Status, Power, and Identity in Early Modern France: The Rohan Family, 1550-1715 by Jonathan DewaldStatus, Power, and Identity in Early Modern France: The Rohan Family, 1550-1715 by Jonathan Dewald

Status, Power, and Identity in Early Modern France: The Rohan Family, 1550-1715

byJonathan Dewald

Hardcover | March 31, 2015

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In Status, Power, and Identity in Early Modern France, Jonathan Dewald explores European aristocratic society by looking closely at one of its most prominent families. The Rohan were rich, powerful, and respected, but Dewald shows that there were also weaknesses in their apparently secure position near the top of French society. Family finances were unstable, and competing interests among family members generated conflicts and scandals; political ambitions led to other troubles, partly because aristocrats like the Rohan intensely valued individual achievement, even if it came at the expense of the family’s needs. Dewald argues that aristocratic power in the Old Regime reflected ongoing processes of negotiation and refashioning, in which both men and women played important roles. So did figures from outside the family—government officials, middle-class intellectuals and businesspeople, and many others. Dewald describes how the Old Regime’s ruling class maintained its power and the obstacles it encountered in doing so.

Jonathan Dewald is UB Distinguished Professor of History at the University at Buffalo. He is the author of Lost Worlds: The Emergence of French Social History, 1815–1970 (Penn State, 2006). Jonathan Dewald is UB Distinguished Professor of History at the University at Buffalo. He is the author of Lost Worlds: The Emergence of French Soc...
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Title:Status, Power, and Identity in Early Modern France: The Rohan Family, 1550-1715Format:HardcoverDimensions:264 pages, 9.29 × 6.31 × 0.89 inPublished:March 31, 2015Publisher:Penn State University PressLanguage:English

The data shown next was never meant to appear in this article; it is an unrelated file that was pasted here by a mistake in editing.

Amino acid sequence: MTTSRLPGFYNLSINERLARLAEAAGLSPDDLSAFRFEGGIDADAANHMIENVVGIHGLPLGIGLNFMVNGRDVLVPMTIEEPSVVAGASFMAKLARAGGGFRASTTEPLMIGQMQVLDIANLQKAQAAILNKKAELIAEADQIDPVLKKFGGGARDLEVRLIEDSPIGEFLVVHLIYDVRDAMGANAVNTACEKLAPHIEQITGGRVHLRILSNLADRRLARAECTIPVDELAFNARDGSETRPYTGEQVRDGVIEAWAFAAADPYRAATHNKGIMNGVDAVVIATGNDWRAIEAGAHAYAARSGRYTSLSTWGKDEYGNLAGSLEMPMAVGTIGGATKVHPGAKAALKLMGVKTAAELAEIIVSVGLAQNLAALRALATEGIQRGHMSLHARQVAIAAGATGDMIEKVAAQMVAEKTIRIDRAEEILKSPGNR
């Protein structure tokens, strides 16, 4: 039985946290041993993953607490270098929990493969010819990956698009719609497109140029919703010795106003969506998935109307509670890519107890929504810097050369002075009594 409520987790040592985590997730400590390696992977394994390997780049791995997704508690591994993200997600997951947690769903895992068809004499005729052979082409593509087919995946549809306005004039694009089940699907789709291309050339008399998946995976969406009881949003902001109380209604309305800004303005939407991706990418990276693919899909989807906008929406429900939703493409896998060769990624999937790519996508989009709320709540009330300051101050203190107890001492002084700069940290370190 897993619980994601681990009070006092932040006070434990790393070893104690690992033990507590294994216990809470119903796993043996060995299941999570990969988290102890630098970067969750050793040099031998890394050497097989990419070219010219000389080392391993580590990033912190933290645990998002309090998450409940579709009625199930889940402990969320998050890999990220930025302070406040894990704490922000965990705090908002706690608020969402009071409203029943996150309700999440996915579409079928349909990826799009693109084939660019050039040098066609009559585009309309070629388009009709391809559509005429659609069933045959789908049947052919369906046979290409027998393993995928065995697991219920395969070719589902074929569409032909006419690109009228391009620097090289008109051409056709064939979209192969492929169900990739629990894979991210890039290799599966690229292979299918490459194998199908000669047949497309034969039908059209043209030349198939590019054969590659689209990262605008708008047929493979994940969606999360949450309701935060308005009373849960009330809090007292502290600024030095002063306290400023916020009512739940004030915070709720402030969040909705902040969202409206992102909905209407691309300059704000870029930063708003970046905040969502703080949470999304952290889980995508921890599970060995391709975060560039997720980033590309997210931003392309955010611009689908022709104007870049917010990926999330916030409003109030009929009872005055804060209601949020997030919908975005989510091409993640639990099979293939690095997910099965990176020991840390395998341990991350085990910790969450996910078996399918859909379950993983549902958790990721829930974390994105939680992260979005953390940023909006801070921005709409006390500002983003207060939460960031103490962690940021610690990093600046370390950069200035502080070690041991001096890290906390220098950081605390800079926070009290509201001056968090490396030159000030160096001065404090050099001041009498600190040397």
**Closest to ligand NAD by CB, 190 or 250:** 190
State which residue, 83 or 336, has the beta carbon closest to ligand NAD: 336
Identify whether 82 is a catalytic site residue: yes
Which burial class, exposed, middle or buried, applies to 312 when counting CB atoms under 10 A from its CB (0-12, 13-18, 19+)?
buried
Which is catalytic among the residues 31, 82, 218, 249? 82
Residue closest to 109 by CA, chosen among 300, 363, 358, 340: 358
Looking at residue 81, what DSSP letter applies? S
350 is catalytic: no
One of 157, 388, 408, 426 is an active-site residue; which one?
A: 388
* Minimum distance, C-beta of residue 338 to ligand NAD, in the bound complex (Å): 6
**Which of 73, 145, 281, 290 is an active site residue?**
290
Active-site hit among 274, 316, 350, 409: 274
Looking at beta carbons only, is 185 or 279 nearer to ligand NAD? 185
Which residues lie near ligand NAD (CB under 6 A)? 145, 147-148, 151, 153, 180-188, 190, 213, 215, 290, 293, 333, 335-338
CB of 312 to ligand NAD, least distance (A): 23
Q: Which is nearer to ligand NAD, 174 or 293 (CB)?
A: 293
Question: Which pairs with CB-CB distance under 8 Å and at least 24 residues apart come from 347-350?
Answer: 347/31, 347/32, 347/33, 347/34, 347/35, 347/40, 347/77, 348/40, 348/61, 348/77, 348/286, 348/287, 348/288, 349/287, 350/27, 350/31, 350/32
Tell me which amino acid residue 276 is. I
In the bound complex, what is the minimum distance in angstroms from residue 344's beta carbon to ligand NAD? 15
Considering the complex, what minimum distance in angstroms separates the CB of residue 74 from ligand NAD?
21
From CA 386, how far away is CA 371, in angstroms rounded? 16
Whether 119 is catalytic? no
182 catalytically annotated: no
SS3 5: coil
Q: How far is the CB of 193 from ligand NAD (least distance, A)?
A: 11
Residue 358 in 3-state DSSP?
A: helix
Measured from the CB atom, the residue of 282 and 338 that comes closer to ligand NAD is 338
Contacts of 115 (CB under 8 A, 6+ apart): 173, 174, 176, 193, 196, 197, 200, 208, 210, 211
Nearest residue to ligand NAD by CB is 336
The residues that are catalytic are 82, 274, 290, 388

The following ISBNs are associated with this title:

ISBN - 10:0271066164

ISBN - 13:9780271066165

Reviews

Table of Contents

Contents

List of Illustrations

Preface

Note on the Text

Introduction

1. Constructing Status: Family Narratives, Family Myths

2. Constructing Identity: Henri de Rohan, 1579–1638

3. Women, Gender, and the Management of Dynastic Capital

4. Material Contexts: Wealth, Income, Strategies

5. Followers and Servants: Aristocracy as Collective Practice

Conclusion

Notes

Bibliography

Index

Editorial Reviews

“An epic account of one of France's most notable—and notorious—families. Writing with flair and an eye for detail, Jonathan Dewald shows how the Rohan amassed power in the sixteenth century and pulled themselves back from the brink of dynastic disaster in the seventeenth century, which saw the great commander Henri de Rohan and his brother, the duc de Soubise, in exile without male heirs. In a perfect blend of political and cultural history, this startling new account of the house of Rohan weaves together public and private histories to elucidate the fragility of social standing, the fortunes spent to acquire or maintain it, and the provincial estates, esteemed bloodlines, military exploits, and family myth-making that produced both hard cash and social capital. A must-read for anyone interested in French aristocratic society.”—Kate van Orden, Harvard University